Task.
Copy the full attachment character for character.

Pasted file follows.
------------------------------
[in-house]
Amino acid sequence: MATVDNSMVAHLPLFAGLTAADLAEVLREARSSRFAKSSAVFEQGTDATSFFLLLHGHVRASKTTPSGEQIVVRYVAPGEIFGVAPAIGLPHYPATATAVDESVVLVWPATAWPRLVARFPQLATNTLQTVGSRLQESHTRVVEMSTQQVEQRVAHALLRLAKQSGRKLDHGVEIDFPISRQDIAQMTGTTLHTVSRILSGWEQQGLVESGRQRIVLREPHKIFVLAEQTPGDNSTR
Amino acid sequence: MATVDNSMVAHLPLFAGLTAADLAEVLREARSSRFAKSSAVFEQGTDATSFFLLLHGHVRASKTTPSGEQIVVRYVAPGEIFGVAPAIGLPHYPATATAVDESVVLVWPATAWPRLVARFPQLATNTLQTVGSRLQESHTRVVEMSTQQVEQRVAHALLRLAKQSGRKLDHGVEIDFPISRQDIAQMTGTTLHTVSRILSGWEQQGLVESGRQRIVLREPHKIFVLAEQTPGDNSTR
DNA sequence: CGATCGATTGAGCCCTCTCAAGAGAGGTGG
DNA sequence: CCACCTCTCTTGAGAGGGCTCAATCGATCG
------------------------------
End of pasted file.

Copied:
[in-house]
Amino acid sequence: MATVDNSMVAHLPLFAGLTAADLAEVLREARSSRFAKSSAVFEQGTDATSFFLLLHGHVRASKTTPSGEQIVVRYVAPGEIFGVAPAIGLPHYPATATAVDESVVLVWPATAWPRLVARFPQLATNTLQTVGSRLQESHTRVVEMSTQQVEQRVAHALLRLAKQSGRKLDHGVEIDFPISRQDIAQMTGTTLHTVSRILSGWEQQGLVESGRQRIVLREPHKIFVLAEQTPGDNSTR
Amino acid sequence: MATVDNSMVAHLPLFAGLTAADLAEVLREARSSRFAKSSAVFEQGTDATSFFLLLHGHVRASKTTPSGEQIVVRYVAPGEIFGVAPAIGLPHYPATATAVDESVVLVWPATAWPRLVARFPQLATNTLQTVGSRLQESHTRVVEMSTQQVEQRVAHALLRLAKQSGRKLDHGVEIDFPISRQDIAQMTGTTLHTVSRILSGWEQQGLVESGRQRIVLREPHKIFVLAEQTPGDNSTR
DNA sequence: CGATCGATTGAGCCCTCTCAAGAGAGGTGG
DNA sequence: CCACCTCTCTTGAGAGGGCTCAATCGATCG